PETERSBURG, Va — Janet Basile Beaudet has resided in Hopewell’s Brighter Living Assisted Living for nine years and, like so many who live in long-term care residencies, was frightened over the prospect of the coronavirus entering the building.
Luckily for Janet and the other 87 residents at BLAL, Long-Term Care Administrator Marsha Sottung has stayed on top of things that has resulted in a grand total of zero confirmed COVID-19 cases ever reported within the facility.
“Marsha stays on top of everything,” said Beaudet. “She has done a remarkable job and should be given some type of recognition for the outstanding job she has done,”
Sottung put into place a series of restrictions within the operations of BLAL as soon as she received them from the CDC, Governor, State of Virginia Health Department and local Crater Health Department.
“I know it’s frustrating. I know that I, just like everyone else, wants everyday business to return to normal but everyday there’s something new from the CDC that we have to abide by,” said Sottung.
Residents of the facility are required to wear masks when leaving their rooms, are discouraged from going anywhere except Doctors and hospitals when necessary and must quarantine in their rooms for 10 days should they go anywhere unless they show symptoms which would require them to do so for 14 days.
Sottung has remodeled the building by moving all residents who were living upstairs to apartments downstairs then renovated the upstairs to be the Covid-19 unit if anyone should test positive in order to keep them from passing it on to anyone else.
Residents do not touch packages when they arrive until they are isolated for 24 hours, then, Sottung would open the exterior package and destroy it only bringing the clean contents from the inside. All mail is left at the front of the building for 24 hours then delivered to the resident’s rooms.
Visitors are not allowed although family and visitors can deliver things to residents on Tuesday or Thursday between 10 a.m. and 4 p.m. while residents are not allowed to go into the lobby or outside to personally greet them. The contents are handed to the nurses who bring them to our rooms.
When Virginia’s positivity rate was under 5%, visitors were allowed for outside greetings along with social distancing but ended once the rate got closer to 10% when visitations went back to virtual or through windows.
The facility has also installed a wall-mounted thermometer for anyone entering to be sure they do not have an above-normal temperature. All residents have now been tested 3 times, have their temperatures taken frequently and are watched for any signs of sickness.
The biggest disappointment for Sottung due to the pandemic was having to cancel the facility’s 20th anniversary celebration. Much money was spent and many of Hopewell’s dignitaries along with everyone who had played any part in the success of BLAL were invited for the big 20th anniversary celebration.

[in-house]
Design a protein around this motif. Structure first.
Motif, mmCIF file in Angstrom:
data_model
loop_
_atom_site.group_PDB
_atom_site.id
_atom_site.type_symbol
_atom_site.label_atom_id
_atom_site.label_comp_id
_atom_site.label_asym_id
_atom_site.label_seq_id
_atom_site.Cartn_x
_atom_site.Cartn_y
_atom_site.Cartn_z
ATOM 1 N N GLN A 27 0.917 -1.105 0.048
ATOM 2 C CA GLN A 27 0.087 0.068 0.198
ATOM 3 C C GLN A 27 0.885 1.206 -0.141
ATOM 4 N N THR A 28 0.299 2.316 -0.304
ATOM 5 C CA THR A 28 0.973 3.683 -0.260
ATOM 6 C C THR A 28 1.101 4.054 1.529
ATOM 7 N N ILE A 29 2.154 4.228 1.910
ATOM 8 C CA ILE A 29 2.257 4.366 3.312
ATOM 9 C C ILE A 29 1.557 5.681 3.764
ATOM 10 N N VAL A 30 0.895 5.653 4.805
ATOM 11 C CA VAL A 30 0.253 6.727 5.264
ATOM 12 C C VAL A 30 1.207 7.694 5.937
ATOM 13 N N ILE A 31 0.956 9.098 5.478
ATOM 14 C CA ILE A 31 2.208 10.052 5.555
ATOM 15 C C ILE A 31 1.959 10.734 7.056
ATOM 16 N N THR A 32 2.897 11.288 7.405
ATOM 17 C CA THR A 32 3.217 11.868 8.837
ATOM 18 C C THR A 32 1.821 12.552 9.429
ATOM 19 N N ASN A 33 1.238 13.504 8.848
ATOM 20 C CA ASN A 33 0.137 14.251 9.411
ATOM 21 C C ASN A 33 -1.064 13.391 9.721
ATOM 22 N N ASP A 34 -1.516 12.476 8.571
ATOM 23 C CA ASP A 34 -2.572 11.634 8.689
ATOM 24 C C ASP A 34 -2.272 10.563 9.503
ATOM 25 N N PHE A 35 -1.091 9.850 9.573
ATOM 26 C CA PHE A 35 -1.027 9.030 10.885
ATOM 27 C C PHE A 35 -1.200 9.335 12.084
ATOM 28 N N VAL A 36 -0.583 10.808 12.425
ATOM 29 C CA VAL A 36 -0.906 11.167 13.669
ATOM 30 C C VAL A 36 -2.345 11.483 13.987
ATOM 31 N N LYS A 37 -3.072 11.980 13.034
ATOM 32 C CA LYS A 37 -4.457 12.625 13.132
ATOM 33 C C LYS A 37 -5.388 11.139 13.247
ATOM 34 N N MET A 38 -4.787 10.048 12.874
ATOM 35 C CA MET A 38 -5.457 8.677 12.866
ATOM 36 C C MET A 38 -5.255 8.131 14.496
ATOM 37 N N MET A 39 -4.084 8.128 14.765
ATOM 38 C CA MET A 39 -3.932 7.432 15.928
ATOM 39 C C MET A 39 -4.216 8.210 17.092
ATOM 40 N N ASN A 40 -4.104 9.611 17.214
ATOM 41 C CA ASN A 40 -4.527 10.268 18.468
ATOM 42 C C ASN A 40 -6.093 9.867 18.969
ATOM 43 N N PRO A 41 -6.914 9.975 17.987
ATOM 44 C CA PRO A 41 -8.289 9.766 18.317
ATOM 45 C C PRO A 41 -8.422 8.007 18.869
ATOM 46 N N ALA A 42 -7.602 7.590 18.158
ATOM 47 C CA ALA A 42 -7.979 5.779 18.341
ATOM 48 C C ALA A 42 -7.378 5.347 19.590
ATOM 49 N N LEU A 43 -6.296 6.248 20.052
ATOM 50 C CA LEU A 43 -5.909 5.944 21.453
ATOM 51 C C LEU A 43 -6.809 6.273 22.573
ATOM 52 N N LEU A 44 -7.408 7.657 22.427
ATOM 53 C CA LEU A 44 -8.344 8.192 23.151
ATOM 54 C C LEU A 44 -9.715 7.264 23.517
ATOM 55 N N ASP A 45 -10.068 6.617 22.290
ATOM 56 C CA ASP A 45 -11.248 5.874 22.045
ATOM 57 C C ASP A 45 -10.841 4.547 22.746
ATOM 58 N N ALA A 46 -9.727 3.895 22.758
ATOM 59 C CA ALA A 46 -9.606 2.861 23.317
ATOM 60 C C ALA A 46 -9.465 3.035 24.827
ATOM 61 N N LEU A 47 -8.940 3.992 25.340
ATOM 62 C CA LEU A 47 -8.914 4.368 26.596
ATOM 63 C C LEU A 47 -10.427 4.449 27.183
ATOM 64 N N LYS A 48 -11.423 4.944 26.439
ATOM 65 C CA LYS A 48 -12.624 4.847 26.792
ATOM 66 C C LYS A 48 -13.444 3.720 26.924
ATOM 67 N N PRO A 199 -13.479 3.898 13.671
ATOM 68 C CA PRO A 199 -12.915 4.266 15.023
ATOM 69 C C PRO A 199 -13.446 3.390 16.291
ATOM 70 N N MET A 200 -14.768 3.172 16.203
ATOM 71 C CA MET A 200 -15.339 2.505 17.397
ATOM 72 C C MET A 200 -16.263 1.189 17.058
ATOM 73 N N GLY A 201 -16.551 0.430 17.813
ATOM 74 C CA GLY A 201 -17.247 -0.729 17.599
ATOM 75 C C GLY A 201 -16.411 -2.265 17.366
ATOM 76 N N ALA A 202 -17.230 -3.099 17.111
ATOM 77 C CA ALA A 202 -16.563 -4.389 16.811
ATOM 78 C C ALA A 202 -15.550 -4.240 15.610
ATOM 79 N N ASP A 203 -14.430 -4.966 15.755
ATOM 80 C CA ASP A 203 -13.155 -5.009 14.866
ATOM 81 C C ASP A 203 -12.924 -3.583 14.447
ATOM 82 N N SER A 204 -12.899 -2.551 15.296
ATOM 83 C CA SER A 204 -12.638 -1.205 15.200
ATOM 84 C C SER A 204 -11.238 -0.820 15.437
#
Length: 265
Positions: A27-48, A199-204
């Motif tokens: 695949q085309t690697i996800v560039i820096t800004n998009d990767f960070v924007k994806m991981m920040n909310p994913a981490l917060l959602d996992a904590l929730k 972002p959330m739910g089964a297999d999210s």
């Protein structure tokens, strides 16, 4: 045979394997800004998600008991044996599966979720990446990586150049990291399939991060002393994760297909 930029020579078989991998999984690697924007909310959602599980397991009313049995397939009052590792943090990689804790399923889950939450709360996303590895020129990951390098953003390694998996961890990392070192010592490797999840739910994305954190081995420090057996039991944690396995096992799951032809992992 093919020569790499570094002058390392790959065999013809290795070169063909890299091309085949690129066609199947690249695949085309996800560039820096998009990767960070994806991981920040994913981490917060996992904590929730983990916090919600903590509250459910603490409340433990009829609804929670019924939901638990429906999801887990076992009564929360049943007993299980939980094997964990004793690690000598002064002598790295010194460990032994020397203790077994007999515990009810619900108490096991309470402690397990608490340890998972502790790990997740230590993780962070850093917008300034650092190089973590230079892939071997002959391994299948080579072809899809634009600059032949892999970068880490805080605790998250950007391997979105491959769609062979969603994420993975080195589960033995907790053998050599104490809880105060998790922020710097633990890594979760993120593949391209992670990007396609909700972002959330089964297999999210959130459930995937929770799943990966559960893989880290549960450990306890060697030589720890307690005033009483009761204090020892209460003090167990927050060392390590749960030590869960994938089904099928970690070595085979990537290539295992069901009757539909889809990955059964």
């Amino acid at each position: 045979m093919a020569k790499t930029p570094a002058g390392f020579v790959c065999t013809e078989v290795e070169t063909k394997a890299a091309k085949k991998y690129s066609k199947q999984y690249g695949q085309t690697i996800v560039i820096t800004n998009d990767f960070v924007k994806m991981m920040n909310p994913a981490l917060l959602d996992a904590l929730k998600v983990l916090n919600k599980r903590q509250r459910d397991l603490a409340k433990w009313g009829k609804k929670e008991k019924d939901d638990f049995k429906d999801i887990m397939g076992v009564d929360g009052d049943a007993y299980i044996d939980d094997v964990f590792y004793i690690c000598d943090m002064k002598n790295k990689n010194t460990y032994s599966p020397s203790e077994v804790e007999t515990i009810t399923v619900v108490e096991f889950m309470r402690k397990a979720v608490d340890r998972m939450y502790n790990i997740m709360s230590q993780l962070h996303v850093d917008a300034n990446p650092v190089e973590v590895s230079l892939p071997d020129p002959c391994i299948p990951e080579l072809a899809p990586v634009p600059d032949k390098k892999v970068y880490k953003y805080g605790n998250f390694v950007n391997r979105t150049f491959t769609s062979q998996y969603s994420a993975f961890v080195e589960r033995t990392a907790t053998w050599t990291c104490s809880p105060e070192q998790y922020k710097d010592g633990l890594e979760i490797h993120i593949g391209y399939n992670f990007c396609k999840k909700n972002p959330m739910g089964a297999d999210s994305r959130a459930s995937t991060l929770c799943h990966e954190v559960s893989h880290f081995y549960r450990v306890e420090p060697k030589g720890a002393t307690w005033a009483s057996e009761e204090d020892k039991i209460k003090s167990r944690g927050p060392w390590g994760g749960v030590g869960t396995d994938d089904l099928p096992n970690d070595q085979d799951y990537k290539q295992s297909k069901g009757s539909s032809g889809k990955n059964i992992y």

“I was sure she would ignore the shutdown and proceed with the celebration because too much work and money had already gone into the preparations and it was too late to cancel it. Even food preparations had begun. The decorations were up. Everything was in place for the party to begin. But much to my surprise, Marsha canceled it.” said Beaudet.
A later date in 2021 is planned to be announced for the celebration but that will be contingent on where Virginia is at in terms of COVID-19.
Sottung has lived in the Tri-City area for eight years although originally born and raised in upstate New York in a small town where she worked in long-term care there for over 35 years. After her daughter married and moved to Virginia to start a family, Marsha followed and found a job at BLAL after transferring her credentials from New York to the commonwealth.
Her work as an administrator has and always will be vital to Marsha’s life. At the age of just 21, Sottung became the youngest administrator in the state of New York and has been doing it successfully for 38 years.
“The elderly population has always been a huge part of my life as well as my family. I don’t know what else I would do with my life, this is all that I know.” said Sottung. “I don’t think I’d do anything differently. I truly enjoy my job. I love my residents and we have a great relationship.
“I really have to thank my co-workers for being diligent outside and inside the building to prevent the spread,” said Sottung. “We’ve been very fortunate to not have COVID like other long-term care facilities.”
Original article found here: http://bit.ly/3qEzwoD